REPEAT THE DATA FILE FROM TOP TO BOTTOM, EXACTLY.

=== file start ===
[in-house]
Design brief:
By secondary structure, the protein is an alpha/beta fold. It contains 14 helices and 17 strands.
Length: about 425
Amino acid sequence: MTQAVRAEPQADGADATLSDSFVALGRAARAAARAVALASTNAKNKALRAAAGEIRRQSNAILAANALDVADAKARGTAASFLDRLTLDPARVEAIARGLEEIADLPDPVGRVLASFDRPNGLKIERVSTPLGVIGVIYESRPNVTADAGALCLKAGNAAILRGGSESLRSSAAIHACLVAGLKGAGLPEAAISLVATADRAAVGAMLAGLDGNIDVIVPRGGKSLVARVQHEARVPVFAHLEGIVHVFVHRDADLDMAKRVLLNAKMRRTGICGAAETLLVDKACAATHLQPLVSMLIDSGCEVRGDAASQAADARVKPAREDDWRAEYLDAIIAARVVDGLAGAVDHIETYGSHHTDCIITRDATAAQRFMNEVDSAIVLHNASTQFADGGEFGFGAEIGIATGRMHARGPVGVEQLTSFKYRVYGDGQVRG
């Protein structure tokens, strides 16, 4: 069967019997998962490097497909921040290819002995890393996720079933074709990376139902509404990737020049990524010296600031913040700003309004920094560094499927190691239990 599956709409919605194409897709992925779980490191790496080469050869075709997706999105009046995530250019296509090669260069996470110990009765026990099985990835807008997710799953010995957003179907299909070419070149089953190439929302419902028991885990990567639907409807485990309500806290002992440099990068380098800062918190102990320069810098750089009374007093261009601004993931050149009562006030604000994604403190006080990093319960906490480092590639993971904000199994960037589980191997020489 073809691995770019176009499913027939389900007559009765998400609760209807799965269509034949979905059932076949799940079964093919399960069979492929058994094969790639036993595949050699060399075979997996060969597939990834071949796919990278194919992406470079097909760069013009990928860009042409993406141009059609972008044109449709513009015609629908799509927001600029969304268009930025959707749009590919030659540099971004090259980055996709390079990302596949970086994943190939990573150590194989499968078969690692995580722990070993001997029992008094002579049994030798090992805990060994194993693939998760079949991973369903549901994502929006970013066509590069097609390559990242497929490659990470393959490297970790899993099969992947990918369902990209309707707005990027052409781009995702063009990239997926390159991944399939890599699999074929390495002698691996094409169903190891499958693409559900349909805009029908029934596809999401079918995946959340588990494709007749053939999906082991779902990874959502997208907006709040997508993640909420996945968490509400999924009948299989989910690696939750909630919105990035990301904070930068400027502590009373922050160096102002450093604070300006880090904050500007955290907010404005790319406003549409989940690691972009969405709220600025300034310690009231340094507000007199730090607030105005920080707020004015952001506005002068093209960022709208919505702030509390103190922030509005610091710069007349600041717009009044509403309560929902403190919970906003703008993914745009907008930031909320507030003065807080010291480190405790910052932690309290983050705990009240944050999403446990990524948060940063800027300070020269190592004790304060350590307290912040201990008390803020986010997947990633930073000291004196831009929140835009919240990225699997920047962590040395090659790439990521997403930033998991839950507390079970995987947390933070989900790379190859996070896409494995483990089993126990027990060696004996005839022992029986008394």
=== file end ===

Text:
[in-house]
Design brief:
By secondary structure, the protein is an alpha/beta fold. It contains 14 helices and 17 strands.
Length: about 425
Amino acid sequence: MTQAVRAEPQADGADATLSDSFVALGRAARAAARAVALASTNAKNKALRAAAGEIRRQSNAILAANALDVADAKARGTAASFLDRLTLDPARVEAIARGLEEIADLPDPVGRVLASFDRPNGLKIERVSTPLGVIGVIYESRPNVTADAGALCLKAGNAAILRGGSESLRSSAAIHACLVAGLKGAGLPEAAISLVATADRAAVGAMLAGLDGNIDVIVPRGGKSLVARVQHEARVPVFAHLEGIVHVFVHRDADLDMAKRVLLNAKMRRTGICGAAETLLVDKACAATHLQPLVSMLIDSGCEVRGDAASQAADARVKPAREDDWRAEYLDAIIAARVVDGLAGAVDHIETYGSHHTDCIITRDATAAQRFMNEVDSAIVLHNASTQFADGGEFGFGAEIGIATGRMHARGPVGVEQLTSFKYRVYGDGQVRG
């Protein structure tokens, strides 16, 4: 069967019997998962490097497909921040290819002995890393996720079933074709990376139902509404990737020049990524010296600031913040700003309004920094560094499927190691239990 599956709409919605194409897709992925779980490191790496080469050869075709997706999105009046995530250019296509090669260069996470110990009765026990099985990835807008997710799953010995957003179907299909070419070149089953190439929302419902028991885990990567639907409807485990309500806290002992440099990068380098800062918190102990320069810098750089009374007093261009601004993931050149009562006030604000994604403190006080990093319960906490480092590639993971904000199994960037589980191997020489 073809691995770019176009499913027939389900007559009765998400609760209807799965269509034949979905059932076949799940079964093919399960069979492929058994094969790639036993595949050699060399075979997996060969597939990834071949796919990278194919992406470079097909760069013009990928860009042409993406141009059609972008044109449709513009015609629908799509927001600029969304268009930025959707749009590919030659540099971004090259980055996709390079990302596949970086994943190939990573150590194989499968078969690692995580722990070993001997029992008094002579049994030798090992805990060994194993693939998760079949991973369903549901994502929006970013066509590069097609390559990242497929490659990470393959490297970790899993099969992947990918369902990209309707707005990027052409781009995702063009990239997926390159991944399939890599699999074929390495002698691996094409169903190891499958693409559900349909805009029908029934596809999401079918995946959340588990494709007749053939999906082991779902990874959502997208907006709040997508993640909420996945968490509400999924009948299989989910690696939750909630919105990035990301904070930068400027502590009373922050160096102002450093604070300006880090904050500007955290907010404005790319406003549409989940690691972009969405709220600025300034310690009231340094507000007199730090607030105005920080707020004015952001506005002068093209960022709208919505702030509390103190922030509005610091710069007349600041717009009044509403309560929902403190919970906003703008993914745009907008930031909320507030003065807080010291480190405790910052932690309290983050705990009240944050999403446990990524948060940063800027300070020269190592004790304060350590307290912040201990008390803020986010997947990633930073000291004196831009929140835009919240990225699997920047962590040395090659790439990521997403930033998991839950507390079970995987947390933070989900790379190859996070896409494995483990089993126990027990060696004996005839022992029986008394």